Stiff-person syndrome: Superstar singer Celine Dion announced Thursday that she is living with this rare neurological condition and has canceled and postponed tour dates to deal with her health issues.
"Recently, I've been diagnosed with a very rare neurological disorder called the stiff-person syndrome, which affects something like one in a million people," Dion, 54, said on Instagram. "While we're still learning about this rare condition, we now know this is what's been causing all of the spasms that I've been having. Unfortunately, these spasms affect every aspect of my daily life, sometimes causing difficulties when I walk and not allowing me to use my vocal cords to sing the way I'm used to."
Yale University has a team of physicians that treat stiff-person syndrome at its Movement Disorders Clinic. According to information provided by the clinic, the illness is very rare, and its exact cause remains a mystery.
Experts speculate that stiff-person syndrome is an autoimmune disorder: The body's immune system mistakenly attacks cells in the central nervous system that are responsible for moving muscle.
The condition usually develops between the ages of 30 and 60, and symptoms can vary from patient to patient.
"People with Stiff Person Syndrome can run the spectrum from mild to severe, and a personalized approach to treating the disease is the best way to ensure an improved outcome," Dr. Richard Nowak, a neurologist at Yale Medicine, said on Yale's website.
For some patients, the illness can lead to real disability. The muscles of the torso and limbs can become rigid or spasm, often in response to external stimuli such as stress or loud noise, the Yale team explained. This can get so bad as to cause trouble walking, even triggering falls.
There's an emotional component to the disease, also: Because it leads to a decline in the neurotransmitter GABA, which helps regulate anxiety, people with stiff-person syndrome can suffer from new-onset depression and anxiety, the experts explained. The added stress of dealing with the disease adds to the psychological burden.
Because it is so rare, reaching a diagnosis of stiff-person syndrome can be a long process.
"A comprehensive medical history and examination, along with additional investigations, including blood tests and spinal fluid analysis [looking for GABA levels], can confirm the diagnosis," the Yale experts said. Other potential diagnoses -- Parkinson's disease, multiple sclerosis, fibromyalgia, psychosomatic illness, or anxiety and phobia -- must also be ruled out.
Unfortunately, the illness has no cure, although medicines such as sedatives, muscle relaxants and steroids may help relieve spasms, rigidity and other symptoms. Physical, occupational and aqua therapy might also work. The Yale specialists can also treat patients with immune-focused therapies.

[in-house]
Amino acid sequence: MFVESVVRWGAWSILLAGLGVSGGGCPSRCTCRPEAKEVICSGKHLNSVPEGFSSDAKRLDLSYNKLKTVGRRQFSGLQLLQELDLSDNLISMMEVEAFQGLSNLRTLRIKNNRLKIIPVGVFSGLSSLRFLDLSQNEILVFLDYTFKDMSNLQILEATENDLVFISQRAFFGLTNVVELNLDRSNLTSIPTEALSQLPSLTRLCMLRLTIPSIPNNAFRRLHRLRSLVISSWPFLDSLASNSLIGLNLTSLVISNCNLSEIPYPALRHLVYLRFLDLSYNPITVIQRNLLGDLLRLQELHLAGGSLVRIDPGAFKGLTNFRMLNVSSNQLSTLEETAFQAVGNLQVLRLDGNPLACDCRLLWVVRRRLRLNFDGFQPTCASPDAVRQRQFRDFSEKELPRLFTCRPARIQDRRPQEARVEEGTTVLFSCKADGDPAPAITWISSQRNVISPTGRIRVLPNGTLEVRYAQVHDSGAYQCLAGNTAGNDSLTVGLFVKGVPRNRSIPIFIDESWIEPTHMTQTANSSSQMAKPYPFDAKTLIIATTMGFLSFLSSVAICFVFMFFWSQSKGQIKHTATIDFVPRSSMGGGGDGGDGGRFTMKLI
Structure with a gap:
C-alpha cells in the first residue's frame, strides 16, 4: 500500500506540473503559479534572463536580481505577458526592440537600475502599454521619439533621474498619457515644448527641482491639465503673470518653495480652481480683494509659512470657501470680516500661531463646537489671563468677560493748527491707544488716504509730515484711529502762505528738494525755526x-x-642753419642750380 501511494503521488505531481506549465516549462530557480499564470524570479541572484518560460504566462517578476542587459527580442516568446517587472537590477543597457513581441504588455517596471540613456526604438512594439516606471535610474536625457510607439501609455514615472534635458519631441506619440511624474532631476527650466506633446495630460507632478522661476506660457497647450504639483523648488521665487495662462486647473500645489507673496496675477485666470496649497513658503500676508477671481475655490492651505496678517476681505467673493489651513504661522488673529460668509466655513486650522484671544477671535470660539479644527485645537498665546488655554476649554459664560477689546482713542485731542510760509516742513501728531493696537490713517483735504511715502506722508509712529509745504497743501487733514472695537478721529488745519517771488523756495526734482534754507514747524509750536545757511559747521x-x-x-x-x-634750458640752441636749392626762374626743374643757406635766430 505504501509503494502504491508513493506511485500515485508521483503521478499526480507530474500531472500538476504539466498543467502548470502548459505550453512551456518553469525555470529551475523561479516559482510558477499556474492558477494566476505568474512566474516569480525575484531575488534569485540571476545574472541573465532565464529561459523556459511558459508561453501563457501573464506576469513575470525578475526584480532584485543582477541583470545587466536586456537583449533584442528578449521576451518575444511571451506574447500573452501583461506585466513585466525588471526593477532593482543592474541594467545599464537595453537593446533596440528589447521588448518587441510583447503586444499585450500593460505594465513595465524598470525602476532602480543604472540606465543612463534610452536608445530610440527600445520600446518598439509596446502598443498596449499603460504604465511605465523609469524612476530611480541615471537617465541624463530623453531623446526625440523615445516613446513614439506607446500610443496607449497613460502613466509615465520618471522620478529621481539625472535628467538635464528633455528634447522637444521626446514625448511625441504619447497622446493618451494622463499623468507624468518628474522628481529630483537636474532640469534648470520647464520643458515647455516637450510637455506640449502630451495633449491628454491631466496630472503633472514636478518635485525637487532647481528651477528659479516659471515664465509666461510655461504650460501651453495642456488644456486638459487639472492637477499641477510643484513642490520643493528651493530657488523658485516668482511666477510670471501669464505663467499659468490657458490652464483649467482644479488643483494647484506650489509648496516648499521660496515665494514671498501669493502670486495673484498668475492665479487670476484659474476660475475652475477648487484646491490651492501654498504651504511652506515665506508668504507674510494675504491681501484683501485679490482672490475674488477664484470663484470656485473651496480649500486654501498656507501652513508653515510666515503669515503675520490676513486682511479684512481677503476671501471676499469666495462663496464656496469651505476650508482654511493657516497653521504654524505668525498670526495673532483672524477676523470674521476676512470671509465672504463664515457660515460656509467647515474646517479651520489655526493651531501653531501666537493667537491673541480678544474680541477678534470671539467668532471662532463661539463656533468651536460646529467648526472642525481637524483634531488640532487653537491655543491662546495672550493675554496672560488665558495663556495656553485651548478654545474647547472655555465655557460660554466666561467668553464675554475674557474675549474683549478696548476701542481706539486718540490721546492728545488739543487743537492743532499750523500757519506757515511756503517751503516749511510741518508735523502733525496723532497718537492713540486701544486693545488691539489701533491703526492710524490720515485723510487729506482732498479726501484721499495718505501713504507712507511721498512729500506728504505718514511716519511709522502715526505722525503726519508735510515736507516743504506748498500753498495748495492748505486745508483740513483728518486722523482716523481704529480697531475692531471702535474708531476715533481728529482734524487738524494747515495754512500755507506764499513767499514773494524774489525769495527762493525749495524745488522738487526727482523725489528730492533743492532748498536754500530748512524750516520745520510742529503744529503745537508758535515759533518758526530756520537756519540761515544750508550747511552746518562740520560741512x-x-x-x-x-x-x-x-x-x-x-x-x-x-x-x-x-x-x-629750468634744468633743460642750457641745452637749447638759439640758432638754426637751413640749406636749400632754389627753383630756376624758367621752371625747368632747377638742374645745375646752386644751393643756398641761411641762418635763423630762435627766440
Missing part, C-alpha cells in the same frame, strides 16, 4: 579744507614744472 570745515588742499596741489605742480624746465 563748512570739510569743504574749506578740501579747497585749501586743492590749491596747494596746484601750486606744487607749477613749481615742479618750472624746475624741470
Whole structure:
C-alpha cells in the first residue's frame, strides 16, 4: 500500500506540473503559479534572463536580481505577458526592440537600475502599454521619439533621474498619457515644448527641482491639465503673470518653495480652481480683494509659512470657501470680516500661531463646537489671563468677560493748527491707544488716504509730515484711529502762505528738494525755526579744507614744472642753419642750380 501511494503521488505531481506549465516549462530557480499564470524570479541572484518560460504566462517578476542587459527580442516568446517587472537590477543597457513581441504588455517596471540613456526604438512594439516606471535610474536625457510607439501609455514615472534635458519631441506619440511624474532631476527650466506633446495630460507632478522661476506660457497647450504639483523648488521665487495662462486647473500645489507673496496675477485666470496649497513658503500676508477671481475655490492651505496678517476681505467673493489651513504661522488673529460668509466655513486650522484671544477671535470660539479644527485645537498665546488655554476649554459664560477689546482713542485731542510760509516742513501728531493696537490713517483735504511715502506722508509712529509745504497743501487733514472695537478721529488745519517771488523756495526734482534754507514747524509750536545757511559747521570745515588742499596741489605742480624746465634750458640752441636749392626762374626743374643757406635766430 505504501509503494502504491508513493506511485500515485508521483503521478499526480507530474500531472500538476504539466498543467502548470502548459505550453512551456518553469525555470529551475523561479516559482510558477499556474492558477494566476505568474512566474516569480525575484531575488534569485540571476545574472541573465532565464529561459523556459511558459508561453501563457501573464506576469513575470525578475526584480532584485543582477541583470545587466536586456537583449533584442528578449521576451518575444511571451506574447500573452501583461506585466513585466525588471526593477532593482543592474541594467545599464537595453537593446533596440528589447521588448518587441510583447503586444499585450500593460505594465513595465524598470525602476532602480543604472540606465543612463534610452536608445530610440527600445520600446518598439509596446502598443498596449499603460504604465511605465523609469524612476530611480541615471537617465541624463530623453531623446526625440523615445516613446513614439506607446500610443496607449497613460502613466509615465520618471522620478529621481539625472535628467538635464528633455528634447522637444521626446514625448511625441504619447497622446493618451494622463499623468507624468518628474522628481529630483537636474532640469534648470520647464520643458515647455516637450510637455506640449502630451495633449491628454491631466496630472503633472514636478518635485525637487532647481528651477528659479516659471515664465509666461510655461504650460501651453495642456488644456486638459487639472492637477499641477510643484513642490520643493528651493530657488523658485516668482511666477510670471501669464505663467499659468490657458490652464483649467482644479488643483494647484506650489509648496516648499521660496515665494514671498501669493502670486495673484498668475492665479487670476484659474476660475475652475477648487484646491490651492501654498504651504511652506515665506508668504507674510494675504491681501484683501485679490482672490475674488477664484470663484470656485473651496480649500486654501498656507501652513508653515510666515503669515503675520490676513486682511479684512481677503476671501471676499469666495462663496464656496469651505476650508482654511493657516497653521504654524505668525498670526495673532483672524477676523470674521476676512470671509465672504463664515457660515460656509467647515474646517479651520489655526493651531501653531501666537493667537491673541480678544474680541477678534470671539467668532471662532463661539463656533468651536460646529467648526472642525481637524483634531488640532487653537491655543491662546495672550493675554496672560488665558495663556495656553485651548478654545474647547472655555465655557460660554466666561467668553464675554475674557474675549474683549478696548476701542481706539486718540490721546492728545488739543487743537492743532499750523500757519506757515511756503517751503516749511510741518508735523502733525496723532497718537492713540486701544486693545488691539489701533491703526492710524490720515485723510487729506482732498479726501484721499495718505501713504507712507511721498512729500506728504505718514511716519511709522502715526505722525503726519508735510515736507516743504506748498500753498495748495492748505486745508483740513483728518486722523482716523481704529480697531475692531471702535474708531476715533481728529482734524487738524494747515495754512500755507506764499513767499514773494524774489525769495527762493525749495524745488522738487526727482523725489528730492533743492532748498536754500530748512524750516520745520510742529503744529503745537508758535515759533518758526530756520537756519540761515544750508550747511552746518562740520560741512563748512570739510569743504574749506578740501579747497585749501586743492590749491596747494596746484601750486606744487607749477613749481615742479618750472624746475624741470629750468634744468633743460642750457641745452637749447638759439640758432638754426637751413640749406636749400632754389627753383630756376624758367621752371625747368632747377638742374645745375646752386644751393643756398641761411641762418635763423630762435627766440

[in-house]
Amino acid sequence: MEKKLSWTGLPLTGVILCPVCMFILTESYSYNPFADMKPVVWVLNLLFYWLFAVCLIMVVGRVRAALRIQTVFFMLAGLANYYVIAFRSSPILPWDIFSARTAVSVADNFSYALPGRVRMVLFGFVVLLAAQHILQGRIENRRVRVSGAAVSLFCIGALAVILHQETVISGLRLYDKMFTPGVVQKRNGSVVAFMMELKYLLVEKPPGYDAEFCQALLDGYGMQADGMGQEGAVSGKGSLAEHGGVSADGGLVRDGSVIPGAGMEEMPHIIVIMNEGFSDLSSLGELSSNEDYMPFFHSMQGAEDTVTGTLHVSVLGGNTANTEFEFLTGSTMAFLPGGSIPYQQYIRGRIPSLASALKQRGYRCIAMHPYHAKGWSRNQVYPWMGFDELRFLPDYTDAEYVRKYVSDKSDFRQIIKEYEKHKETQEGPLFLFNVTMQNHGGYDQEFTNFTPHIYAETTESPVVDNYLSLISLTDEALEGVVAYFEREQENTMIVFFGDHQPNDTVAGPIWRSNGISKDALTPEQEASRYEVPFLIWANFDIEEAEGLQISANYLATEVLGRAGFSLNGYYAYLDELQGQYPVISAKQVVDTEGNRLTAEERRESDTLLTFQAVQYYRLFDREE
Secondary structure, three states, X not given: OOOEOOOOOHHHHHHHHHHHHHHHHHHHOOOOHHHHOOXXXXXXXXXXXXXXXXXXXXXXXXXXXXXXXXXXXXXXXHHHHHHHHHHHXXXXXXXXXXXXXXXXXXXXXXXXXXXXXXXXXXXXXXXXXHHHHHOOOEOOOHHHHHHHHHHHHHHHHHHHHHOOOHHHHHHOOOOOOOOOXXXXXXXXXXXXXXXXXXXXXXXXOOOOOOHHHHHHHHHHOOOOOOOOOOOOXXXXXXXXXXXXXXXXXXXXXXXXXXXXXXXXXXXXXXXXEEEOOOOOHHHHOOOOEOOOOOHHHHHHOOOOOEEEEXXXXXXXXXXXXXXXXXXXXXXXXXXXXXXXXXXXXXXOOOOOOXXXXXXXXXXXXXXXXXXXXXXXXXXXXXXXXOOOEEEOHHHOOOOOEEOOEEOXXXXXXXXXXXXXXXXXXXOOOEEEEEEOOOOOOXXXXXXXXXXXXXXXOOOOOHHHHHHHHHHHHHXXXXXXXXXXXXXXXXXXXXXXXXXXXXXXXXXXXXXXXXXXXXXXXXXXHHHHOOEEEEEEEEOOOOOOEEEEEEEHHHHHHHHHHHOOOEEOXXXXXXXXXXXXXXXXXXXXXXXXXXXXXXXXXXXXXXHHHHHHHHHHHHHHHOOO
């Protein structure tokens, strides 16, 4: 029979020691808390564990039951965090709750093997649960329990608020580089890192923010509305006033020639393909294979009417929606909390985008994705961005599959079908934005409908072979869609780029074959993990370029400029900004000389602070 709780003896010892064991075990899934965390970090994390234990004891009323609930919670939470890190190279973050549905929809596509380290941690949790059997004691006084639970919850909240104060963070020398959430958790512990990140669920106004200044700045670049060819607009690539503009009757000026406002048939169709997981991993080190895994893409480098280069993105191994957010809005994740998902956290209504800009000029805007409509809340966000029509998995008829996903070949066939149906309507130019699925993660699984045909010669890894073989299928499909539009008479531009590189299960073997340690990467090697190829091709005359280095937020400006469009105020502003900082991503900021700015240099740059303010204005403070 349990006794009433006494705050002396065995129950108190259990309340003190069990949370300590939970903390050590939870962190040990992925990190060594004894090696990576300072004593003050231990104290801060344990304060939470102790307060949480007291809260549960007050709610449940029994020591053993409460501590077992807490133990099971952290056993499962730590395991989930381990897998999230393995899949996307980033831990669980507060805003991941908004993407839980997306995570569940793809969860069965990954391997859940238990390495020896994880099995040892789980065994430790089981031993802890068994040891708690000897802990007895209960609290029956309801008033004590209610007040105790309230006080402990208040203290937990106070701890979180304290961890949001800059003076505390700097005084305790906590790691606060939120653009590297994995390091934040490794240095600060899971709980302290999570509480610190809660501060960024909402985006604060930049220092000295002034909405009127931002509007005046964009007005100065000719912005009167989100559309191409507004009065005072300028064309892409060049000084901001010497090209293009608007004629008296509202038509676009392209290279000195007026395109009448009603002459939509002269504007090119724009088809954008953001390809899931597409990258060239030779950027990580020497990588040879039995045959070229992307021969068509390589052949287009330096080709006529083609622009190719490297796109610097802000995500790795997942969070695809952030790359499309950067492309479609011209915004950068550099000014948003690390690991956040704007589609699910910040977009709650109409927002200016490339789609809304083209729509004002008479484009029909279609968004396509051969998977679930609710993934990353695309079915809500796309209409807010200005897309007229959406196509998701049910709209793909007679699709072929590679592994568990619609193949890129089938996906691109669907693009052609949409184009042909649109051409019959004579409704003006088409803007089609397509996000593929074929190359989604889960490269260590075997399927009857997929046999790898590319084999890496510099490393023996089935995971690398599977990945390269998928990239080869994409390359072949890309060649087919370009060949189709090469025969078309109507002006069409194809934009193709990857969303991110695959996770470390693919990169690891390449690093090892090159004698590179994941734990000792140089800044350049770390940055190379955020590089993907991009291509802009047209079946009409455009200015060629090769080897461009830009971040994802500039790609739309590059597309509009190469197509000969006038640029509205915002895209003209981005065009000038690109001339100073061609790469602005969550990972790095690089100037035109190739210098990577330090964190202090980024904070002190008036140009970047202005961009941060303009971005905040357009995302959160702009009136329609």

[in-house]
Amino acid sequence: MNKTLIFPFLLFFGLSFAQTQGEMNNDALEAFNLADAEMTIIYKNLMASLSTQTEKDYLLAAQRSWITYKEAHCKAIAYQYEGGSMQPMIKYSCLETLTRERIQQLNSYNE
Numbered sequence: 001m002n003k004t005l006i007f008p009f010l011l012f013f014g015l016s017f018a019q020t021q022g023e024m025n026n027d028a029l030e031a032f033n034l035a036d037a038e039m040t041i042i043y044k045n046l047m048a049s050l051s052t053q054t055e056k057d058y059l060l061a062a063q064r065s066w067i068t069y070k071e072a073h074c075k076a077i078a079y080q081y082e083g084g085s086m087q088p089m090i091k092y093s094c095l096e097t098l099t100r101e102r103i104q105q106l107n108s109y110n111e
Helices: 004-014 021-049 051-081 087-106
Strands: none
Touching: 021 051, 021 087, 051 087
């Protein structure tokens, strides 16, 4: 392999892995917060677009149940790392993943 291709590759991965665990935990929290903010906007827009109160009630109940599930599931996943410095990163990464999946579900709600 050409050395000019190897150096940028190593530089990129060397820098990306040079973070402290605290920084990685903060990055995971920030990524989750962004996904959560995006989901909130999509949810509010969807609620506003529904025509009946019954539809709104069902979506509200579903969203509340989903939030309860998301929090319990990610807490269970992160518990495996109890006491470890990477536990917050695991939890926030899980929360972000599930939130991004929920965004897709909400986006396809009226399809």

Dion has been hit hard by the illness, she said.
"As you know, I've always been an open book and I wasn't ready to say anything before, but I'm ready now. I've been dealing with problems with my health for a long time and it's been really difficult for me to face these challenges and to talk about everything that I've been going through," she said.
"It hurts me to tell you today that this means I won't be ready to restart my tour in Europe in February," Dion said in the emotional video. "I have a great team of doctors working alongside me to help me get better and my precious children, who are supporting me and giving me hope."
Dion also talked of her efforts to restore her health.
"I'm working hard with my sports medicine therapist every day to build back my strength and my ability to perform again, but I have to admit it's been a struggle," she said. "All I know is singing. It's what I've done all my life and it's what I love to do the most."
"I miss you so much. I miss seeing all of you, being on the stage performing for you. I always give a hundred percent when I do my shows, but my condition is not allowing me to give you that right now," she said.
Currently Dion's plan for her rescheduled European tour starts with a March 6, 2024, concert in Prague and concludes April 22, 2024, in London, NBC News reported.
The U.S. National Institutes of Health has more on stiff-person syndrome.
SOURCES: Yale Medicine; Celine Dion Instagram; NBC News